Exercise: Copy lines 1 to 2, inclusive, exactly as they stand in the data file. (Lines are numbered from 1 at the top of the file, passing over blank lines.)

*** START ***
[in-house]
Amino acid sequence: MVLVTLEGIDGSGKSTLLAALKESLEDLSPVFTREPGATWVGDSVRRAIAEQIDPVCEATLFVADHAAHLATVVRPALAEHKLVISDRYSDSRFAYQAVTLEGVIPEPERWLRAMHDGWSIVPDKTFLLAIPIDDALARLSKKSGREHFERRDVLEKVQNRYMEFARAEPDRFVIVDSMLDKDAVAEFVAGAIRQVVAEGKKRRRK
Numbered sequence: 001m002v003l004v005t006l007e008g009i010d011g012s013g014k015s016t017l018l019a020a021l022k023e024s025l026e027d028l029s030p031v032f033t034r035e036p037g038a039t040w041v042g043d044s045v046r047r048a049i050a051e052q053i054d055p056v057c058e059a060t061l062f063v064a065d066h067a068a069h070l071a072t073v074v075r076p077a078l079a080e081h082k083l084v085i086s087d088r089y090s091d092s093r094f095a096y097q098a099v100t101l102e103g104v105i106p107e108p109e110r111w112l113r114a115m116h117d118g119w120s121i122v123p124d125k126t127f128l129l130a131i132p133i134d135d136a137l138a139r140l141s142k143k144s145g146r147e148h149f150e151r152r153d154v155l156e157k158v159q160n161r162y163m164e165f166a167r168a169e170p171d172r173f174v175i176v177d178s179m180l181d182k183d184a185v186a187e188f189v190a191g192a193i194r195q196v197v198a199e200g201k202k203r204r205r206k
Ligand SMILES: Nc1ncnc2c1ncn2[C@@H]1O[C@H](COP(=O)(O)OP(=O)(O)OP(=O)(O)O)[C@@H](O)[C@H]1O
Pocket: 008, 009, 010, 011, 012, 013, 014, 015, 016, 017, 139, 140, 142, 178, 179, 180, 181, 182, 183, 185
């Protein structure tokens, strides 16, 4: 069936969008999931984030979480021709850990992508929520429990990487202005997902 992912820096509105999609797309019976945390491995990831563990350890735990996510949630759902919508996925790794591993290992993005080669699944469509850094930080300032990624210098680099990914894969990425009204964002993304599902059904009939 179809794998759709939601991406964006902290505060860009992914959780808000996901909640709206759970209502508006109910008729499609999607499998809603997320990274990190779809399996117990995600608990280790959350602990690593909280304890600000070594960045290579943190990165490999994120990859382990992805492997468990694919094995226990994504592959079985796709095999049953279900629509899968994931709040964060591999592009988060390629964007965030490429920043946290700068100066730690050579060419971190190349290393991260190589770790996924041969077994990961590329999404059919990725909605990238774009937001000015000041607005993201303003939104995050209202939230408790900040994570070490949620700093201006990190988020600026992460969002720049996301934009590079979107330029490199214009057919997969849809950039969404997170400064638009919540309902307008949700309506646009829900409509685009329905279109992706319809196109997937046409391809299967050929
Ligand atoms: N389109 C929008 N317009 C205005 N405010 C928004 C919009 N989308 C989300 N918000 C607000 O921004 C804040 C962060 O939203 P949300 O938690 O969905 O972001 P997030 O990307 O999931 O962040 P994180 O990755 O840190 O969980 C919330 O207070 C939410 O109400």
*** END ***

[in-house]
Amino acid sequence: MVLVTLEGIDGSGKSTLLAALKESLEDLSPVFTREPGATWVGDSVRRAIAEQIDPVCEATLFVADHAAHLATVVRPALAEHKLVISDRYSDSRFAYQAVTLEGVIPEPERWLRAMHDGWSIVPDKTFLLAIPIDDALARLSKKSGREHFERRDVLEKVQNRYMEFARAEPDRFVIVDSMLDKDAVAEFVAGAIRQVVAEGKKRRRK